Notes on recruiting floor staff

How do you recruit a waiter or other customer service staff? Find out how . . .

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I have always believed that the recruitment of staff is the most important of all the tasks in a manager’s routine. My logic is simple — as your business grows, you can’t do it all yourself; you need competent people around you who can translate your vision into action. If you hire badly you create a rod for your own back.

Imagine you need a waiter. You might put the word around or place an ad in the paper. If the response is good you might conduct interviews and discard the obvious duds. Imagine you end-up with a couple of good prospects — both are presentable, outgoing, eager and have relevant experience. You check their references and they both get good recommendations. Sound good so far? If everything seems OK you’d possibly choose one or the other on ‘gut’ feeling.

As it turns out, our hypothetical waiters had one essential difference, and you may have missed it. The first applicant loved being of service and really relished the challenge of selling. You could leave him totally alone and he would do well because he enjoyed the role. He was a ‘natural’.

The second applicant was also outgoing and presented himself well in the interviews, because he desperately needed income — but deep down he hated selling and thought it was immoral and beneath him. He would act the part when you were watching, but he would revert to his natural passive behaviour when out of view or unsupervised. The customer average for both waiters could be as much as $30 per person different.

The problem we had to face is that in an interview, both waiters would try to sell themselves in order to get a job, and it is difficult to tell the real from the fake. As far as reference checks go, they are of great value if the person giving the reference shares the same values as you, but I’d love $100 for every time a dud staff member has been given a good reference by some turkey.

As our industry develops, recruitment is becoming more difficult. Almost anybody who is desperate for a job can act enough to fool an inexperienced or untrained interviewer. Even highly skilled personnel specialists have difficulties. This is why we began to use job aptitude tests — we needed a better way for our clients to sort the grain from the chaff.

As part of the process of working out what kind of people made the best waiting staff, we aptitude tested the best floor staff from a number of restaurants to establish what attributes they possessed. The results were quite a surprise. Most of the waiters turned out to be introverted, except a few who we’ll come back to. This took me completely off guard as I always assumed good service staff had to be outgoing in nature. I had worked on that assumption for 20 years.

When we watched them work, the test results began to make sense. The introverted waiters handled the flow of food and beverage to the tables. They were reasonably warm and friendly to the customers but did not waste time in idle chatter. Their food running productivity was excellent but they sold using rehearsed patter.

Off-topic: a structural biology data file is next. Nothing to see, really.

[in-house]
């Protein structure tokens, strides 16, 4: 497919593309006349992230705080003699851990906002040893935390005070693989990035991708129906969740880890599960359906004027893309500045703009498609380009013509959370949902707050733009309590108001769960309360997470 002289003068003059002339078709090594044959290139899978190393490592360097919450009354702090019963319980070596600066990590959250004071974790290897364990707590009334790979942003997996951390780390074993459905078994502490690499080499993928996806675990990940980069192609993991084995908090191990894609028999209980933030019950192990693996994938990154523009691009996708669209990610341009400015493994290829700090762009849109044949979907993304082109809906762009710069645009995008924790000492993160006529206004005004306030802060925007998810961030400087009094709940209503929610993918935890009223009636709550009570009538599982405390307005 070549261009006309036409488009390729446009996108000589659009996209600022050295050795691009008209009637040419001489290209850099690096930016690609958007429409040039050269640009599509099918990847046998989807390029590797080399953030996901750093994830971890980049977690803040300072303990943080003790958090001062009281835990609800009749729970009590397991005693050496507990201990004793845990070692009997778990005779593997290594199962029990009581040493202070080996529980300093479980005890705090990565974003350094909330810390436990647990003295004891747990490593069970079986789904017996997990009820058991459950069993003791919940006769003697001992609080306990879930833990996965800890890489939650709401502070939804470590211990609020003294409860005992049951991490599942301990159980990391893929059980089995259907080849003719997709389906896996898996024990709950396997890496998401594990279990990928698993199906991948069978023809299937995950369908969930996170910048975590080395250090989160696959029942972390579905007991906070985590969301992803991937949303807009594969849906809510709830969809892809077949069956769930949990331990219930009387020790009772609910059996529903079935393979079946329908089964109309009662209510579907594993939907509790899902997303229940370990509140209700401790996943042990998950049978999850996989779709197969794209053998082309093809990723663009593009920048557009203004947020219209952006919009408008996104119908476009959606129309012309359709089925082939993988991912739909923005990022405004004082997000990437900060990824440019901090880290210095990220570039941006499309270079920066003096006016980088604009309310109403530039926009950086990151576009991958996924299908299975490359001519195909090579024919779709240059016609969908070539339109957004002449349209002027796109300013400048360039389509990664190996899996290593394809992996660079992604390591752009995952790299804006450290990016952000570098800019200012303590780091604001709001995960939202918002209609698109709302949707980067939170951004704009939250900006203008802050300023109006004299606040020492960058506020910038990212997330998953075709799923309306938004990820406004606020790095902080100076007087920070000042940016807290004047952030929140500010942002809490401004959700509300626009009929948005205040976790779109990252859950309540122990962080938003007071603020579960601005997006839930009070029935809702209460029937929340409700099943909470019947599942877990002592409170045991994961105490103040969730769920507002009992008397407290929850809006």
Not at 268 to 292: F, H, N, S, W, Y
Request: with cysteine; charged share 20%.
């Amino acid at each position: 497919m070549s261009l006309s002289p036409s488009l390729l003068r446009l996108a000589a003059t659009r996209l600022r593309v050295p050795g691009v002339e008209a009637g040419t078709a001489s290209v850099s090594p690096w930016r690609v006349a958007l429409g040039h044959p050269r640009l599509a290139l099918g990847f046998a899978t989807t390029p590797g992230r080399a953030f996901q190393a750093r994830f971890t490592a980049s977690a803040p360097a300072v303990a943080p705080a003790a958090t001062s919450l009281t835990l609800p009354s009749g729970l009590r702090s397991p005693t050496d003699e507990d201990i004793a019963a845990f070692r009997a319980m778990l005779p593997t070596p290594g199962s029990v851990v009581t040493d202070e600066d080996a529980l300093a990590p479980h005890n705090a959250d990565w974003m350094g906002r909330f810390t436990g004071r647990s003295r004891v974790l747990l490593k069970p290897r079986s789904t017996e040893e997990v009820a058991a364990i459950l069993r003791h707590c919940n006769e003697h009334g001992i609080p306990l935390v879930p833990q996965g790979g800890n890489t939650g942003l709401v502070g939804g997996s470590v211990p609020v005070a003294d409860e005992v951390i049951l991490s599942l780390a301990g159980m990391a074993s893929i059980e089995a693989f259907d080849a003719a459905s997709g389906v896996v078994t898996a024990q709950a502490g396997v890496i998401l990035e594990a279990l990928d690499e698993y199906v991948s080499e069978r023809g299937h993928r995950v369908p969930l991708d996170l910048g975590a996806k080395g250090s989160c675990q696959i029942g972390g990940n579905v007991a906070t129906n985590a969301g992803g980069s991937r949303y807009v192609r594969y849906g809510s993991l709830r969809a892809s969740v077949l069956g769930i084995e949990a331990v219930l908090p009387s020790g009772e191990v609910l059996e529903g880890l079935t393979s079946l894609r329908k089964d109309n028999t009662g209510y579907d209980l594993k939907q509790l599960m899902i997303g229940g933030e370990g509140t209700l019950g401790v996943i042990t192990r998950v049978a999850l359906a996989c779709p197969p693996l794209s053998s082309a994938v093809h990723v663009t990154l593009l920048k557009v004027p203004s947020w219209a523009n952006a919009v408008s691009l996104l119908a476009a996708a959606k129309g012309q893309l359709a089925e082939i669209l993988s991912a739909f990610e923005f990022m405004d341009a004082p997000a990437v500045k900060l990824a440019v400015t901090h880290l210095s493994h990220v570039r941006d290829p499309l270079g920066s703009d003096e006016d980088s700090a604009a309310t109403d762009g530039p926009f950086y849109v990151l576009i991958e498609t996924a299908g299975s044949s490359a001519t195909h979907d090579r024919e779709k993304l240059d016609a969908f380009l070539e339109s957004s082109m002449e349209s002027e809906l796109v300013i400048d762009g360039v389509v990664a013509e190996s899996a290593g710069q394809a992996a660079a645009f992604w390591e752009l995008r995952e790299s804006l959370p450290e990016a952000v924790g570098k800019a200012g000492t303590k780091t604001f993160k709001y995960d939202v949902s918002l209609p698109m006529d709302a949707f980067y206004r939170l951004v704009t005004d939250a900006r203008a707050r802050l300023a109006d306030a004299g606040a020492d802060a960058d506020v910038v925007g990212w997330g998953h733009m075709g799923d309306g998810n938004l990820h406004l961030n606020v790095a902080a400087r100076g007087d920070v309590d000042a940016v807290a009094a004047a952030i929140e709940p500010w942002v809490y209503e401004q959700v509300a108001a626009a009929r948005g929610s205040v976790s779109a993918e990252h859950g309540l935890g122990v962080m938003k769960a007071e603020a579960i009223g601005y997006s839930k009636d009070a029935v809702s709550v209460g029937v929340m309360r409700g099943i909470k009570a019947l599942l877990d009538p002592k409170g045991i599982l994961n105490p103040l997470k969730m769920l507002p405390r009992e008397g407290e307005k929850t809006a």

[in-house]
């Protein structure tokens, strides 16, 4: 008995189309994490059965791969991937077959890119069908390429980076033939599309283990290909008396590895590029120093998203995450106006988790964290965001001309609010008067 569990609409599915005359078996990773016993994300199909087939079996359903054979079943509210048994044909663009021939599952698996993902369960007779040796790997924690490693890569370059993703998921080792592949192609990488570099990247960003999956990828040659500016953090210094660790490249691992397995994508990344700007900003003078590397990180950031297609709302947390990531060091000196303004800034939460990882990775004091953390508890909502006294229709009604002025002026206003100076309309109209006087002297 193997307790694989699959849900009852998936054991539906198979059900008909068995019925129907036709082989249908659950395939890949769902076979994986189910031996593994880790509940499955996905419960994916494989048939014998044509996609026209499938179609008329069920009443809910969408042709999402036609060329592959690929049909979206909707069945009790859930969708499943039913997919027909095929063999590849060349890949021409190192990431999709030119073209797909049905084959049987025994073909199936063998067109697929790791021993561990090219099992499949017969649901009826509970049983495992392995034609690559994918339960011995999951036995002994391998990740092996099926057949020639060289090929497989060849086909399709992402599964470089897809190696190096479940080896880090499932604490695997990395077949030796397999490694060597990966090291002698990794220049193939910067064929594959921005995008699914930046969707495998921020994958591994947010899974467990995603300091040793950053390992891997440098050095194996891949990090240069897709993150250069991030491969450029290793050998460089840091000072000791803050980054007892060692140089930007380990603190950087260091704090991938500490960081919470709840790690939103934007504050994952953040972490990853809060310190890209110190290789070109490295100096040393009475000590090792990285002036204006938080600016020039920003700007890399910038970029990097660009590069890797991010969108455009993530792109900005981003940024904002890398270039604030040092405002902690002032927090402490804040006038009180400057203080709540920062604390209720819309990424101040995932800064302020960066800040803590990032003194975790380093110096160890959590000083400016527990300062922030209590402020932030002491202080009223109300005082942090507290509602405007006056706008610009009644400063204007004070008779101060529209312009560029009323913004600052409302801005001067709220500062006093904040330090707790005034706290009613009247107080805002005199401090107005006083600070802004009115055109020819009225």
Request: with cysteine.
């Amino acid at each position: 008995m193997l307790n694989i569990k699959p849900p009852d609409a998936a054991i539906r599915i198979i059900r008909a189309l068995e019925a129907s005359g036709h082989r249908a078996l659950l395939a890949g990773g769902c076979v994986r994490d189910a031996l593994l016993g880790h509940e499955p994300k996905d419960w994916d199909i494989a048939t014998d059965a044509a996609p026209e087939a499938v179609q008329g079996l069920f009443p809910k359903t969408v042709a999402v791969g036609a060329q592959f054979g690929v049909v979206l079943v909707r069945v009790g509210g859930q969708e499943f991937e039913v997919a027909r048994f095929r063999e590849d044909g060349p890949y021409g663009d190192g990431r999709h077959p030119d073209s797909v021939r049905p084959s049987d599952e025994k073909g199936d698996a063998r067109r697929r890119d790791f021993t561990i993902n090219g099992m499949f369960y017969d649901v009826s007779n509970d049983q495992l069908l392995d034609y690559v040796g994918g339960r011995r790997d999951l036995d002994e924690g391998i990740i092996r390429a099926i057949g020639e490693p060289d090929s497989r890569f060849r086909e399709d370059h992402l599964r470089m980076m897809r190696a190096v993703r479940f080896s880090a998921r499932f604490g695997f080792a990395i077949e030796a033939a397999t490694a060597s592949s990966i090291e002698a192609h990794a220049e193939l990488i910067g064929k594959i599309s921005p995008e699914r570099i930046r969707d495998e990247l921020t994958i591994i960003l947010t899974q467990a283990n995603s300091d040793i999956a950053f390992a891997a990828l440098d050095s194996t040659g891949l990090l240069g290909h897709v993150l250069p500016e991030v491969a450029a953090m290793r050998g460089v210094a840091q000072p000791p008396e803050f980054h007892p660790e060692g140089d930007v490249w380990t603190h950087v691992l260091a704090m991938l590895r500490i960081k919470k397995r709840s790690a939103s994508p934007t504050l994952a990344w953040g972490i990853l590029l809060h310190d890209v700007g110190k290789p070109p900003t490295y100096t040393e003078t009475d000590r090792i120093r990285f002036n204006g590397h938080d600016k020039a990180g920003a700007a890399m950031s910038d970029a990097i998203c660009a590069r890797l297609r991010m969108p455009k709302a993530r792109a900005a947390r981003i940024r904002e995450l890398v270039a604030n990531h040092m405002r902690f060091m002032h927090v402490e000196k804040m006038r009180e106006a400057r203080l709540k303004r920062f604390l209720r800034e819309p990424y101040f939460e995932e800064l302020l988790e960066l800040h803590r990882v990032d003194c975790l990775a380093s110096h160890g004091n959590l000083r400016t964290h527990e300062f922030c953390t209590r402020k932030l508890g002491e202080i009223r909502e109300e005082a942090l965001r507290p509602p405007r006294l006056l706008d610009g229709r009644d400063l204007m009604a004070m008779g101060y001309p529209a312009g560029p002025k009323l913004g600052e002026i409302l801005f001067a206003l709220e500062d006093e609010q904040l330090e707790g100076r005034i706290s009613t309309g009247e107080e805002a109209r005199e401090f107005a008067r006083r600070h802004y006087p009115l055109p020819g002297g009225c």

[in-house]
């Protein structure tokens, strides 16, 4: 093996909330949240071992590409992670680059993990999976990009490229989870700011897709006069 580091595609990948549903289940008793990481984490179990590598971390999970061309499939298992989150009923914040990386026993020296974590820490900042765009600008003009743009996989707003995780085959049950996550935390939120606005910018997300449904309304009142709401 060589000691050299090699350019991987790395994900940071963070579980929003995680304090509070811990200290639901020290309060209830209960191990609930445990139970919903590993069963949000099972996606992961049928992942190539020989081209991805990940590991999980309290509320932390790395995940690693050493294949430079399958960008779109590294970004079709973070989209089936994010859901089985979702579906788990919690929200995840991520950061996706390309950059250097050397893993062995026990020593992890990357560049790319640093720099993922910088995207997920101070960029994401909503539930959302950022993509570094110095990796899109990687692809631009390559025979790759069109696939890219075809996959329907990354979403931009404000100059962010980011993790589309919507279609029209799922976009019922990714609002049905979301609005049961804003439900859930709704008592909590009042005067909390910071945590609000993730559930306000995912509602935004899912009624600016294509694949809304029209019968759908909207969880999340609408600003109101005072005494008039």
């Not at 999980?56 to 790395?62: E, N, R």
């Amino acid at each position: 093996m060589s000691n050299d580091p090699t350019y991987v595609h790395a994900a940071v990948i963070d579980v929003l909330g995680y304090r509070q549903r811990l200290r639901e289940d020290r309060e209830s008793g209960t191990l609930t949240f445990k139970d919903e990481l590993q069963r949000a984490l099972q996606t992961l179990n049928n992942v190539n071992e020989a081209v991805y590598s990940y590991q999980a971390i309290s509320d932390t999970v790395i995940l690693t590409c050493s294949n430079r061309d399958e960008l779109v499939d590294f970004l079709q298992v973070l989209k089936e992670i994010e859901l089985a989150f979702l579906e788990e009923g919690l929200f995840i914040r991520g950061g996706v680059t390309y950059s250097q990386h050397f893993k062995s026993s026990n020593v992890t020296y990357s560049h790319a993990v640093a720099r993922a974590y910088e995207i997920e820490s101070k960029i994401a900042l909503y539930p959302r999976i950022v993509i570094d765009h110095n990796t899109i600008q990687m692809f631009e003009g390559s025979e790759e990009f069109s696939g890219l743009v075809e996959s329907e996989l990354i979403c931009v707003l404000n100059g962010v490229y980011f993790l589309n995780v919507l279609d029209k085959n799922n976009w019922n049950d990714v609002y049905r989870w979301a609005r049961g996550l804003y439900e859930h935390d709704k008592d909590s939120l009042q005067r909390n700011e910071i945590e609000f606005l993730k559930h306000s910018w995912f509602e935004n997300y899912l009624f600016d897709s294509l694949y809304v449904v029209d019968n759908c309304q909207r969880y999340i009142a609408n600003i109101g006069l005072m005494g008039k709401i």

The others were extroverts. They had naturally slotted into an almost a pure sales role within the teams. They were charming, charismatic and affable, and had a love of selling. In the early part of service they circulated selling beverages while the others handled the flow of food. After main course they moved about the tables realising high margin add-on sales opportunities. Their average sales were quite impressive.

As a result of this testing, I learned that a good front of house team consists of a balance of two thirds introverts and one third extroverts. If you stock your dining area exclusively with extroverts you will get good sales results but the movement of product will be so slow, you’ll need twice as many of them. They will tend to stand around and talk too much. If you have all introverts you will move food and beverage quickly but you’ll have a poor sales and your customers’ perception of your service will not be as good as it could be.

Our use of these aptitude tests came about as an extension of a learning curve into more effective recruitment techniques. Like a lot of managers, our clients had previously relied on their intuition and often accepted job applicants who were partially unsuited to the expected role. Unsuitable staff can be a real problem. Quite often they’re not bad enough to give you clear justification for termination, but their lacklustre performance can be a constant source of irritation, and worse still, they can drag down the morale and standards of the rest of your team.

I’m still disturbed at how often I encounter staff in various hospitality businesses who are not only unsuitable, but totally wrong for their jobs. They’re usually the result of what I call ‘body snatching’. Body snatchers are managers who are too lazy to spend time recruiting properly. You can always tell one when you meet them — they have ulcers, grey hair, dark rings around their eyes and they will always tell you how many hours they have worked last week, and how tough business is.

The more experienced I become, the more I respect proper recruitment. Small differences in peoples’ make-up can have a profound influence on work performance, stability and job satisfaction. Get your people right and they’ll get your business right.

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